World Heritage Area management plan and expressions of interest for developments

The budget estimates hearings also revealed that the Tasmanian Wilderness World Heritage Area

(TWWHA) management plan revision has been delayed by the new government and it now expects to hold a public comment period over the Christmas holidays. The public comment period was previously advertised as commencing in July and this was later changed to October. This delay may be because the government wants to wait until after the 21 November deadline for expressions of interest for developments in the TWWHA, national parks and other reserves and then make specific changes to the draft plan to accommodate particular development proposals.

The tourism industry has recommended tourism development precincts in the TWWHA and these might be expanded to accommodate specific proposals.

Minister Groom has only committed to the statutory 30-day minimum for public consultation on the management plan and avoided responding to concerns regarding consultation being during the Christmas and New Year period. Nick McKim tried to extract an explanation from the minister about the delay and whether it was linked to the expressions-of-interest process, but he refused to respond, although he did clarify that latter is a formal tendering process and that the statistics previously quoted, regarding numbers of projects and interested proponents (87), were only indicative of the numbers of people seeking information and that no one knows the number of actual projects lodged (the tender box is locked until 21 November).

Wilderness World Heritage Area ‘Reimagined’

We are right in being a little paranoid regarding the tourism industry’s push for developments in reserves.

In September the tourism industry released a vision document, entitled ‘Reimagining the Visitor Experience of Tasmania’s Wilderness World Heritage Area’ – available from the Tourism Industry Council of Tasmania website:

These proposals vary widely, with some of them posing greater concerns than others. The proposal to upgrade the Strahan airport, increasing the opportunities for adventure activities and improving interpretation of Aboriginal heritage are welcome. But proposals that involve the creation of new accommodation within the TWWHA and greater air access, including float-planes and helicopters are of great concern.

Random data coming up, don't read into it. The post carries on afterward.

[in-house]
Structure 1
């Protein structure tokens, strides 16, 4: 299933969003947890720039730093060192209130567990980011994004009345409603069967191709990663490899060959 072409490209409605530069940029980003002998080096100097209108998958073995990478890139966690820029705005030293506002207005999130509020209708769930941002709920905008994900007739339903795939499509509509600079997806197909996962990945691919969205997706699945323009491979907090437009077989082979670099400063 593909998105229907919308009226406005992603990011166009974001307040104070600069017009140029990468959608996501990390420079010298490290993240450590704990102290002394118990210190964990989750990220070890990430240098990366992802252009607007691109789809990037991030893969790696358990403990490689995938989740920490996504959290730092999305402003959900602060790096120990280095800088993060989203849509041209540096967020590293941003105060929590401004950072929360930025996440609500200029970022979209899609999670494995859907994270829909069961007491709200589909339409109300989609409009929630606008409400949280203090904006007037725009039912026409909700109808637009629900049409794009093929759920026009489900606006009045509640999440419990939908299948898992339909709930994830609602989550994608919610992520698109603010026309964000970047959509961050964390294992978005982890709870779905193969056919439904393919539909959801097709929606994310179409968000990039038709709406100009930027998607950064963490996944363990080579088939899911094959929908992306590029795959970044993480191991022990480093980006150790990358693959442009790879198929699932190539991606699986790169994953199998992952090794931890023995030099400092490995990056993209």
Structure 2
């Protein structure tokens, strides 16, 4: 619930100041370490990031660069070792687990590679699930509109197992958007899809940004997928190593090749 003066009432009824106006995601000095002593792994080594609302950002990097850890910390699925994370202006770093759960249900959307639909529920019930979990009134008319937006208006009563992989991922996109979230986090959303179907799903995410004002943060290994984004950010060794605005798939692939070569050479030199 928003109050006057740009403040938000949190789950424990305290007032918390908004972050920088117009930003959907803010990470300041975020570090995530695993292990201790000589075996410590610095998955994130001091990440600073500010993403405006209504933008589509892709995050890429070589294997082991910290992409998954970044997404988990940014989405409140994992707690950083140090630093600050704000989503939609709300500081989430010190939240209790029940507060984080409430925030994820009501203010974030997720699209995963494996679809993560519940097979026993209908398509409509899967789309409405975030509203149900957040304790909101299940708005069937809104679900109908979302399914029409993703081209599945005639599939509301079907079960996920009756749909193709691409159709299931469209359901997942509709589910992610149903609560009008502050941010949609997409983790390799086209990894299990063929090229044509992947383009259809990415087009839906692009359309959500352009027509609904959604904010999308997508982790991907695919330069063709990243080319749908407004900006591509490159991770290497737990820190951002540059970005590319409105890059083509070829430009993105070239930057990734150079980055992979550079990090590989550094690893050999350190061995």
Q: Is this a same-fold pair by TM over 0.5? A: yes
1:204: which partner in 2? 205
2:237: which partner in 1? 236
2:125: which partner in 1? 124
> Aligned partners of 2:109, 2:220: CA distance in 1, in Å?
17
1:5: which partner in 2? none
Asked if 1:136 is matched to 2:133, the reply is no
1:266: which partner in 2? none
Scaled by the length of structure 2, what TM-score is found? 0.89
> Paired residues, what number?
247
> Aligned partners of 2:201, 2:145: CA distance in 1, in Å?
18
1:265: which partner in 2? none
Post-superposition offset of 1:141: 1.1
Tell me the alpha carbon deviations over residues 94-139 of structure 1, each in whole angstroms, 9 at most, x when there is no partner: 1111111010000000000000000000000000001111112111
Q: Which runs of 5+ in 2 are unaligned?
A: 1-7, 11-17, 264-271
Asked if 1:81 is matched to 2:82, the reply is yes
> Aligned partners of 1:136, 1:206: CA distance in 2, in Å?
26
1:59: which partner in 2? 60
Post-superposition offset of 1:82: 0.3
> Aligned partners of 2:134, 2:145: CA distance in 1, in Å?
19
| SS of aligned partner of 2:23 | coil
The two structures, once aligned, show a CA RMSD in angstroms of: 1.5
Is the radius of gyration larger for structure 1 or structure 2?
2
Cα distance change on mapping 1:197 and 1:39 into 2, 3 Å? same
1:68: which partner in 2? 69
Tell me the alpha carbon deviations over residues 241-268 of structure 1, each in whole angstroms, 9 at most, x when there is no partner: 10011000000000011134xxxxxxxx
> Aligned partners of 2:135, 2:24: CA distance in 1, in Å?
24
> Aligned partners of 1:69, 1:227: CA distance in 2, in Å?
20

Perhaps the World Heritage Area is under-utilised and there is room for more adventure experiences. We want to encourage people to enjoy it in an appropriate manner. However, if proposals require major new infrastructure such as additional roads and involve increased helicopter access or building of resorts in wilderness areas, the tourism industry can expect a strong negative response from conservation groups and the general public.

Overview of project proposals:

-          South Coast Track to receive a halfway-point standing camp at Prion Bay, wilderness lodge development at Recherche Bay and enhanced light-aircraft access.

-          Overnight stays on Maatsuyker Island for tourists to witness ‘Muttonbird Runway’ phenomenon.

-          Mountain-bike trails between Cradle Mountain and Strahan, as well as shorter tracks proposed for Cradle Mountain, Mount Field and Tarkine areas.

-          New accommodation development for the Gordon River.

-          Multi-day walks at Walls of Jerusalem.

-          Developing Cradle Mountain shuttle bus services and greater access to the Overland Track.

-          Focus on developing luxury, adventure, youth and schools markets, including an ‘Ashram in the wilderness’ experience.